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GMAC to get third bailout

One has to ask, when so few thought it was a good idea to bailout AIG last year, why does the federal government continue to do it? A failing company is likely to fail regardless of how much extra money is thrown at it. The extra money just delays the inevitable. Under strong leadership, a faltering company could use extra money to help it along and get back on its feet the way Apple did when Bill Gates gave the company money for Research and Development. Under weak leadership, a faltering company becomes a failing company. When a company reaches the level of failing, it has been historical for the company to seek out new leadership. In this new era of government bailouts however, at least one company is not doing that.

GMAC has petitioned the Treasury department for its third bailout. "Everybody in Washington thinks GMAC is a mess. But nobody wants to stop funding it to find out just how big a mess it is — especially when the taxpayer will keep it going." (From WSJ blogs)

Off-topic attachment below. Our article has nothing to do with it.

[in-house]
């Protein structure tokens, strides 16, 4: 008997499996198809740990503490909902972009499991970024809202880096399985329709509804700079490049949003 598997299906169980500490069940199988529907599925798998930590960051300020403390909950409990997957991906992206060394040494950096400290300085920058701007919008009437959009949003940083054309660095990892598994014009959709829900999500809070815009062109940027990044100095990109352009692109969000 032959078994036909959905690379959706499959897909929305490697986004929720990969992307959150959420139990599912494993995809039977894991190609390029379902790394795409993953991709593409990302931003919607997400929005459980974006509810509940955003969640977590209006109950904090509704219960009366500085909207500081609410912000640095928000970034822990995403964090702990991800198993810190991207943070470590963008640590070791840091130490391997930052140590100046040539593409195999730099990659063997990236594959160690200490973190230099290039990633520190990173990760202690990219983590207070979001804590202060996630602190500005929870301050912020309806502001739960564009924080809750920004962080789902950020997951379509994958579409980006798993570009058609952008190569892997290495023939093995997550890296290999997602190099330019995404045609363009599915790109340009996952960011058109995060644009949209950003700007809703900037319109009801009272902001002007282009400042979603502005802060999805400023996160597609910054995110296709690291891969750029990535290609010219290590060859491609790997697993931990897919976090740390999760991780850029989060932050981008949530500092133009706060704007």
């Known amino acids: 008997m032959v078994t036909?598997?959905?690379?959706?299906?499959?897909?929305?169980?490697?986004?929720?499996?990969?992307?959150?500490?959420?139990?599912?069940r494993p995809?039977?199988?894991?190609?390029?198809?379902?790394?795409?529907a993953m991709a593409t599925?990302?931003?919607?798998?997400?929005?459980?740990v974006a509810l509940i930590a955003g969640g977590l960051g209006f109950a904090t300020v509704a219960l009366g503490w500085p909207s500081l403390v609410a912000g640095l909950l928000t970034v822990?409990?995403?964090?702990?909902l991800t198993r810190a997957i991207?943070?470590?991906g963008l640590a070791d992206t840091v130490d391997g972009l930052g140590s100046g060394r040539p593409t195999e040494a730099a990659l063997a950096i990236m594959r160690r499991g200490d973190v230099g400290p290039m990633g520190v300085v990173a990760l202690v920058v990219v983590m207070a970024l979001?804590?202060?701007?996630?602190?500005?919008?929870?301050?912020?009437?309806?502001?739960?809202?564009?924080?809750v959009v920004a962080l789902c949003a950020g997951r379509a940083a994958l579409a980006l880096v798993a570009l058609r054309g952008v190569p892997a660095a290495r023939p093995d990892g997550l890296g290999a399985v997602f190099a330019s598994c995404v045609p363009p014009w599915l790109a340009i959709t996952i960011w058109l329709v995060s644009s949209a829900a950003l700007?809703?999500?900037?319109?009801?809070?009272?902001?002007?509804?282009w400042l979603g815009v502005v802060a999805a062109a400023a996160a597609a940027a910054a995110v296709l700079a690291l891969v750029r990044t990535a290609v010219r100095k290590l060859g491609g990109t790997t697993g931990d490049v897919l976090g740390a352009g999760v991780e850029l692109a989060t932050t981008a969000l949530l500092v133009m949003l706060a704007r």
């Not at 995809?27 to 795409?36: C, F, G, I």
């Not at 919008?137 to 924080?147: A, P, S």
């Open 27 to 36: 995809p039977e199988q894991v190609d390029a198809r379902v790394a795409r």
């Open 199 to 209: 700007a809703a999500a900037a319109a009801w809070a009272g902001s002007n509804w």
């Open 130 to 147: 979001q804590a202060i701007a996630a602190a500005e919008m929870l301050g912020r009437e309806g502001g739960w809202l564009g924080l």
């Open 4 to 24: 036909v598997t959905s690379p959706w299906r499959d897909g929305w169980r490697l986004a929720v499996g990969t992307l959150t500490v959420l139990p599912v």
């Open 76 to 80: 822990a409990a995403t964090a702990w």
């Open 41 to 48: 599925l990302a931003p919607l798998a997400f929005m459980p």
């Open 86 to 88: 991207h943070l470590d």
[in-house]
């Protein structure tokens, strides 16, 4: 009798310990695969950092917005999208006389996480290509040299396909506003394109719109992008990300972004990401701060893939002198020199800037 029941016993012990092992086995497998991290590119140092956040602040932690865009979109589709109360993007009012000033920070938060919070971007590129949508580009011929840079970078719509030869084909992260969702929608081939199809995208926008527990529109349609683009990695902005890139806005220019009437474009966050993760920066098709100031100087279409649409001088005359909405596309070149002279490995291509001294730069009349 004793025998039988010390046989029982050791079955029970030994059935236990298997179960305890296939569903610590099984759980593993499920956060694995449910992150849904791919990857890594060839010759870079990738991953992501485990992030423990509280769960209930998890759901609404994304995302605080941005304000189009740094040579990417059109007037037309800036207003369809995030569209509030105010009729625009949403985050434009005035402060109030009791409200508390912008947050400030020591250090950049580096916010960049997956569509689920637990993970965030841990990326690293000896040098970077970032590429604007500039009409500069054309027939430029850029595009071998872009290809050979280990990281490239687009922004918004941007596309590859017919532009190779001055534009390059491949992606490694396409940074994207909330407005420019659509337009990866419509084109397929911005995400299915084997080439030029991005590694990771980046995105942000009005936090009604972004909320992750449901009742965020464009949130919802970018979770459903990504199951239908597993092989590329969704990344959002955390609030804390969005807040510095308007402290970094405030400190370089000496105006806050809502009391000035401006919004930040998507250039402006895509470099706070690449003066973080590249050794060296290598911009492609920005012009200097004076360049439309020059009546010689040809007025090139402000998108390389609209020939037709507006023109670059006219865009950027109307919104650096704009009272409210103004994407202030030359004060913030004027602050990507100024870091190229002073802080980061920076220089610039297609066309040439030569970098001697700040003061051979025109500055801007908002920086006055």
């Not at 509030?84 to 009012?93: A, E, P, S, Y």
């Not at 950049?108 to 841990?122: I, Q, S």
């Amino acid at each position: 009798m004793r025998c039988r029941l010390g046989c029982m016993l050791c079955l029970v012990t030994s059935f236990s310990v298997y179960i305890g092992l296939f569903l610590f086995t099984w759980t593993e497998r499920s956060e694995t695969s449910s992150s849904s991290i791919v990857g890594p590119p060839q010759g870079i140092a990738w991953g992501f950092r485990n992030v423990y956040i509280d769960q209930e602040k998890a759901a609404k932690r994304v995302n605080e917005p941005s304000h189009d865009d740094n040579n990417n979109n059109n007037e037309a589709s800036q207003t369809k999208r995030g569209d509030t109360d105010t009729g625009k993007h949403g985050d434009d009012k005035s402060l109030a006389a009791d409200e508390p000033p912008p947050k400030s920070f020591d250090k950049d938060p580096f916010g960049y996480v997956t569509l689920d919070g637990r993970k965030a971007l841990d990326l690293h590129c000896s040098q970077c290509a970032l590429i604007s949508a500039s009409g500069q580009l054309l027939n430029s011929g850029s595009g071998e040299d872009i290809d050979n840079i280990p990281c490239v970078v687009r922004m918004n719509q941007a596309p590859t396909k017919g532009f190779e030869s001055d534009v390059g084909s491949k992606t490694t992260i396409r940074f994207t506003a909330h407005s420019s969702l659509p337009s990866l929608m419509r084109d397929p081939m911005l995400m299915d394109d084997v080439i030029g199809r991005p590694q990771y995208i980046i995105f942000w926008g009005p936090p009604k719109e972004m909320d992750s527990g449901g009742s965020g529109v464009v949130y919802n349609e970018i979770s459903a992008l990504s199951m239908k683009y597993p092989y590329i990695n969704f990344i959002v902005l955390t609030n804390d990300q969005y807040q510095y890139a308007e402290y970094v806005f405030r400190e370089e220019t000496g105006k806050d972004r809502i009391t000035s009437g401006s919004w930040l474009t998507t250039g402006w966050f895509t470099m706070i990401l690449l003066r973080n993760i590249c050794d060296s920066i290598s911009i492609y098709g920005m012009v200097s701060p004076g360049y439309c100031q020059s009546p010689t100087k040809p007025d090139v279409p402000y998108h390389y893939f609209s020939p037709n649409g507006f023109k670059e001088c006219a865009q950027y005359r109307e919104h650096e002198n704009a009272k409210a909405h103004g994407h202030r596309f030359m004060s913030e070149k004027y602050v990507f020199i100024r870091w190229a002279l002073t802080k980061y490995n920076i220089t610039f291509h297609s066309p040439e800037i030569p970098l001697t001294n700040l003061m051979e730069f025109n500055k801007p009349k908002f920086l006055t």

At what point does Congress tell a company no? At what point should a company fail? Prior to AIG, if a company was about to fail, and leadership within that company did nothing to stop it, the company failed. That's how its supposed to work. Now, apparently, if your company is big enough, you don't have to do anything. Just petition Congress every few months and get some more money. Is this the new business model in America?

So far, taxpayers have unwillingly thrown $13.5 billion dollars at this company. And now, the company is seeking an additional few billion. (the actual number has not been determined yet.) GMAC has also received approval to sell $2.9 billion dollars of federally backed loans. (data from bloomberg.com) To that end, when do we, the taxpayers, say, "enough Congress. Stop spending my money."

The fact of the matter is, if we were to look at buying stock and saw the numbers for GMAC, or had seen the numbers for AIG last year, not one person would have invested in them. At this point, we have been forced to invest in failing companies, again and again, without our consent. Yet another tax on the already overtaxed American people.

In a recent interview, Michael Moore said it best when he compared the taxpayer reactions of Americans to that of France. The French, whose taxes are significantly higher then ours, do not complain about their taxes. Why? Because they actually see a return on their investment. In America, we pay our taxes, and maybe, just maybe, we will see a pot hole fixed in front of our house. See the video below.

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